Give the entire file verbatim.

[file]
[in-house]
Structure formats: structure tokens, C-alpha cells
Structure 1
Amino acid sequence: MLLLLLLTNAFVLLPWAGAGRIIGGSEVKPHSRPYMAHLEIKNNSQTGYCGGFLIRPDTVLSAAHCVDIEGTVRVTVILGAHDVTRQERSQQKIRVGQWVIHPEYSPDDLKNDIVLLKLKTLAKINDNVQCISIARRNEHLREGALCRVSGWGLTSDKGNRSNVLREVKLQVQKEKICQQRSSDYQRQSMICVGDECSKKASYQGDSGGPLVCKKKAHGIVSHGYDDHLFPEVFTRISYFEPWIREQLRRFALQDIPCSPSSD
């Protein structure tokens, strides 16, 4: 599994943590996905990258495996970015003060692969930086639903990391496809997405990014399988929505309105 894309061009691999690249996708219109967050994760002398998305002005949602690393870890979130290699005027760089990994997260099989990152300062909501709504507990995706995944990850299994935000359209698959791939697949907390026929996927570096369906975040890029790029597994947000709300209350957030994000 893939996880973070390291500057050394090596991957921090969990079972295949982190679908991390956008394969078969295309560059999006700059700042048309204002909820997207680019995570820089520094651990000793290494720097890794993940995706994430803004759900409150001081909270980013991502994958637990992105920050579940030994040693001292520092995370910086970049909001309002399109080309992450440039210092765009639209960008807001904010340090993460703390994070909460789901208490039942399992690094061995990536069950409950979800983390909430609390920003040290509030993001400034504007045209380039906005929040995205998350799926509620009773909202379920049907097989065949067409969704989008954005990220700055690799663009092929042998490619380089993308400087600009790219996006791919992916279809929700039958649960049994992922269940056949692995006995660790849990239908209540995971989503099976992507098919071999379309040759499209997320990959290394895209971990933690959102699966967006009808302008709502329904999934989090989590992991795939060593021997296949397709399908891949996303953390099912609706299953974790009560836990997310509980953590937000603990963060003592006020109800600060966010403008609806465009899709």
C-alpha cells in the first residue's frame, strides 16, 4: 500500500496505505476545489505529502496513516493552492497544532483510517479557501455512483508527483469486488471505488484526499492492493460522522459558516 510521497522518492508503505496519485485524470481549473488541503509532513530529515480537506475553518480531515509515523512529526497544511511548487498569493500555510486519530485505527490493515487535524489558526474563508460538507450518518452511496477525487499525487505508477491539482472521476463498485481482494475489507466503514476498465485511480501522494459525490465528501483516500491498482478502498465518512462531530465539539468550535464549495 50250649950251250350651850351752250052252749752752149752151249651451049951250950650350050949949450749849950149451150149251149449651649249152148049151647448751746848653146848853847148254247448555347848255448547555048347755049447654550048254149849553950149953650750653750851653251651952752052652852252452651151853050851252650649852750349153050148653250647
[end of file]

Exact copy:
[in-house]
Structure formats: structure tokens, C-alpha cells
Structure 1
Amino acid sequence: MLLLLLLTNAFVLLPWAGAGRIIGGSEVKPHSRPYMAHLEIKNNSQTGYCGGFLIRPDTVLSAAHCVDIEGTVRVTVILGAHDVTRQERSQQKIRVGQWVIHPEYSPDDLKNDIVLLKLKTLAKINDNVQCISIARRNEHLREGALCRVSGWGLTSDKGNRSNVLREVKLQVQKEKICQQRSSDYQRQSMICVGDECSKKASYQGDSGGPLVCKKKAHGIVSHGYDDHLFPEVFTRISYFEPWIREQLRRFALQDIPCSPSSD
């Protein structure tokens, strides 16, 4: 599994943590996905990258495996970015003060692969930086639903990391496809997405990014399988929505309105 894309061009691999690249996708219109967050994760002398998305002005949602690393870890979130290699005027760089990994997260099989990152300062909501709504507990995706995944990850299994935000359209698959791939697949907390026929996927570096369906975040890029790029597994947000709300209350957030994000 893939996880973070390291500057050394090596991957921090969990079972295949982190679908991390956008394969078969295309560059999006700059700042048309204002909820997207680019995570820089520094651990000793290494720097890794993940995706994430803004759900409150001081909270980013991502994958637990992105920050579940030994040693001292520092995370910086970049909001309002399109080309992450440039210092765009639209960008807001904010340090993460703390994070909460789901208490039942399992690094061995990536069950409950979800983390909430609390920003040290509030993001400034504007045209380039906005929040995205998350799926509620009773909202379920049907097989065949067409969704989008954005990220700055690799663009092929042998490619380089993308400087600009790219996006791919992916279809929700039958649960049994992922269940056949692995006995660790849990239908209540995971989503099976992507098919071999379309040759499209997320990959290394895209971990933690959102699966967006009808302008709502329904999934989090989590992991795939060593021997296949397709399908891949996303953390099912609706299953974790009560836990997310509980953590937000603990963060003592006020109800600060966010403008609806465009899709």
C-alpha cells in the first residue's frame, strides 16, 4: 500500500496505505476545489505529502496513516493552492497544532483510517479557501455512483508527483469486488471505488484526499492492493460522522459558516 510521497522518492508503505496519485485524470481549473488541503509532513530529515480537506475553518480531515509515523512529526497544511511548487498569493500555510486519530485505527490493515487535524489558526474563508460538507450518518452511496477525487499525487505508477491539482472521476463498485481482494475489507466503514476498465485511480501522494459525490465528501483516500491498482478502498465518512462531530465539539468550535464549495 50250649950251250350651850351752250052252749752752149752151249651451049951250950650350050949949450749849950149451150149251149449651649249152148049151647448751746848653146848853847148254247448555347848255448547555048347755049447654550048254149849553950149953650750653750851653251651952752052652852252452651151853050851252650649852750349153050148653250647